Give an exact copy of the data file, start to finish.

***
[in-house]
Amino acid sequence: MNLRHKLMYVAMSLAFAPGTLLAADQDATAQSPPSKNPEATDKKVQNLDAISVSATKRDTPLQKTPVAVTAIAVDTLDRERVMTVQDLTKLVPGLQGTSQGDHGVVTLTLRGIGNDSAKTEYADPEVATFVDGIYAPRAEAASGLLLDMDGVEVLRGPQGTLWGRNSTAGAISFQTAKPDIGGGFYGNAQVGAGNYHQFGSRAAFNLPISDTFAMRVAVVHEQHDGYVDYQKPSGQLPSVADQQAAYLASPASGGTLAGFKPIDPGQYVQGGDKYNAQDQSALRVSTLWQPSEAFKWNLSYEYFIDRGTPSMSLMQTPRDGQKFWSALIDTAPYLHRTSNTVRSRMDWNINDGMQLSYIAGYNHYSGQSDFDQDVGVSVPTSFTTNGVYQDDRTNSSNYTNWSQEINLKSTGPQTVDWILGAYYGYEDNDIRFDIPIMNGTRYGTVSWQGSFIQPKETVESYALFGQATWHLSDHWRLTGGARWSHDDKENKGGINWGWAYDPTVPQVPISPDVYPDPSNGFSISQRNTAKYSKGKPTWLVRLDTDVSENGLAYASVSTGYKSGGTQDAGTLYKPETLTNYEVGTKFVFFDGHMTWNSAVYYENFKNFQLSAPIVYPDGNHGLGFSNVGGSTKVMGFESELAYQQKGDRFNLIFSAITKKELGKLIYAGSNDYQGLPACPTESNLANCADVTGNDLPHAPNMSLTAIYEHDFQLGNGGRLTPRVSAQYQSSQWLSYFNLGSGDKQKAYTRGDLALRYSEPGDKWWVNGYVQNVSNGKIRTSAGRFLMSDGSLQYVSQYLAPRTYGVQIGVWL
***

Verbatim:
[in-house]
Amino acid sequence: MNLRHKLMYVAMSLAFAPGTLLAADQDATAQSPPSKNPEATDKKVQNLDAISVSATKRDTPLQKTPVAVTAIAVDTLDRERVMTVQDLTKLVPGLQGTSQGDHGVVTLTLRGIGNDSAKTEYADPEVATFVDGIYAPRAEAASGLLLDMDGVEVLRGPQGTLWGRNSTAGAISFQTAKPDIGGGFYGNAQVGAGNYHQFGSRAAFNLPISDTFAMRVAVVHEQHDGYVDYQKPSGQLPSVADQQAAYLASPASGGTLAGFKPIDPGQYVQGGDKYNAQDQSALRVSTLWQPSEAFKWNLSYEYFIDRGTPSMSLMQTPRDGQKFWSALIDTAPYLHRTSNTVRSRMDWNINDGMQLSYIAGYNHYSGQSDFDQDVGVSVPTSFTTNGVYQDDRTNSSNYTNWSQEINLKSTGPQTVDWILGAYYGYEDNDIRFDIPIMNGTRYGTVSWQGSFIQPKETVESYALFGQATWHLSDHWRLTGGARWSHDDKENKGGINWGWAYDPTVPQVPISPDVYPDPSNGFSISQRNTAKYSKGKPTWLVRLDTDVSENGLAYASVSTGYKSGGTQDAGTLYKPETLTNYEVGTKFVFFDGHMTWNSAVYYENFKNFQLSAPIVYPDGNHGLGFSNVGGSTKVMGFESELAYQQKGDRFNLIFSAITKKELGKLIYAGSNDYQGLPACPTESNLANCADVTGNDLPHAPNMSLTAIYEHDFQLGNGGRLTPRVSAQYQSSQWLSYFNLGSGDKQKAYTRGDLALRYSEPGDKWWVNGYVQNVSNGKIRTSAGRFLMSDGSLQYVSQYLAPRTYGVQIGVWL